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Oil, Canadian energy stocks up as early indications suggest worst for oilpatch may not come to pass

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By contrast, if Trump does maintain his lead in Pennsylvania and wins in other states like North Carolina, and Georgia, Skolnick said in a research note that the outcome would be positive for Canadian heavy oil because it would likely lead to tighter sanctions on heavy-oil-producing Venezuela and a big U.S. infrastructure spending package.

The S&P/TSX Capped Energy Index ticked up slightly Wednesday morning to $67.76, gaining $1.01 or close to 2 per cent, as markets digested the news.

That increase matches similar increases in crude oil prices, which were up slightly Wednesday. The Western Canadian Select benchmark for heavy crude was up close to 1 per cent, or 26 cents per barrel, to $29.11 per barrel.

The West Texas Intermediate benchmark traded up 2 per cent, or 82 cents per barrel, to reach US$38.48 per barrel.

However, the likelihood of legislation that eliminates tax incentives for oil producers passing through the Senate without a clear Democratic majority is small.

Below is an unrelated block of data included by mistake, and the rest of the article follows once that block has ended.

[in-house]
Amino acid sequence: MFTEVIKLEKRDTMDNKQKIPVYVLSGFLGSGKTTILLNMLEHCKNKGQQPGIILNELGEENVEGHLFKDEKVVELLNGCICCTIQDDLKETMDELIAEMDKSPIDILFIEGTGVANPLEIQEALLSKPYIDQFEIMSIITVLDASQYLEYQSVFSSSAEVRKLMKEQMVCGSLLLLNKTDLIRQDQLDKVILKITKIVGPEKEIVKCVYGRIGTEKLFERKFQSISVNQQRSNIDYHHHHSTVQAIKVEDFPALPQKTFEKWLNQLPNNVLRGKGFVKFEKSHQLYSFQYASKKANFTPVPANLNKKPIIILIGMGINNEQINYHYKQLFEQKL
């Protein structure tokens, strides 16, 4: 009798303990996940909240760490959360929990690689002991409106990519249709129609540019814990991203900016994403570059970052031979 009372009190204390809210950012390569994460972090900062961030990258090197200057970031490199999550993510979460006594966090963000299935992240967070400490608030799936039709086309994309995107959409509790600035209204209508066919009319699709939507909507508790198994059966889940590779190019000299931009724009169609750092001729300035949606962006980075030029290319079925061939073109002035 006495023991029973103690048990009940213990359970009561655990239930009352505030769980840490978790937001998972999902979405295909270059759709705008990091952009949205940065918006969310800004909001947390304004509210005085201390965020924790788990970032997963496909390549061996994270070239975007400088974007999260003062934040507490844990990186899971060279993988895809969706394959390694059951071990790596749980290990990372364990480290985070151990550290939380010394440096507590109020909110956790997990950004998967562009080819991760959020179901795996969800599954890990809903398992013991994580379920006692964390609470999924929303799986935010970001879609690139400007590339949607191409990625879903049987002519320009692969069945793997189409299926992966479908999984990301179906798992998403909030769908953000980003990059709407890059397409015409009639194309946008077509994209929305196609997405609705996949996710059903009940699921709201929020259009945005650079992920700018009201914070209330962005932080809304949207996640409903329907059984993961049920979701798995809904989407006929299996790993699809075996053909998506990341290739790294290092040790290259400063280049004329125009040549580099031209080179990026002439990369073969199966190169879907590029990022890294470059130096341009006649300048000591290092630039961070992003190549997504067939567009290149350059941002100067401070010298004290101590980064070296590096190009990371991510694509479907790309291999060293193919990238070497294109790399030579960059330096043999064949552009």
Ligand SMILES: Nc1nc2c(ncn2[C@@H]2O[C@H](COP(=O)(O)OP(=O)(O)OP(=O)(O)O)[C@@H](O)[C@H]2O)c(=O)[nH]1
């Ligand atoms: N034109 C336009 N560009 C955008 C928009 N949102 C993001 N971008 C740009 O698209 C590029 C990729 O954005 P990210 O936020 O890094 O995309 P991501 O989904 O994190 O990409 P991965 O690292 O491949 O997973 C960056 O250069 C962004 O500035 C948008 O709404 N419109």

“Perhaps the biggest conclusion to be drawn at this stage is that there is only a small likelihood that existing oil and gas tax incentives will be removed in the U.S. –—even if Biden emerges as the winner — given the narrow margin of victory and a probable Republican majority in the U.S. Senate,” Rystad Energy’s head of shale research Artem Abramov said in a Wednesday research note.

“Meanwhile the impact on the U.S. economy in the short-term could be quite negative. A clear win for Biden would have helped to speed the implementation of such a relief package,” Abramov said.

Financial Post

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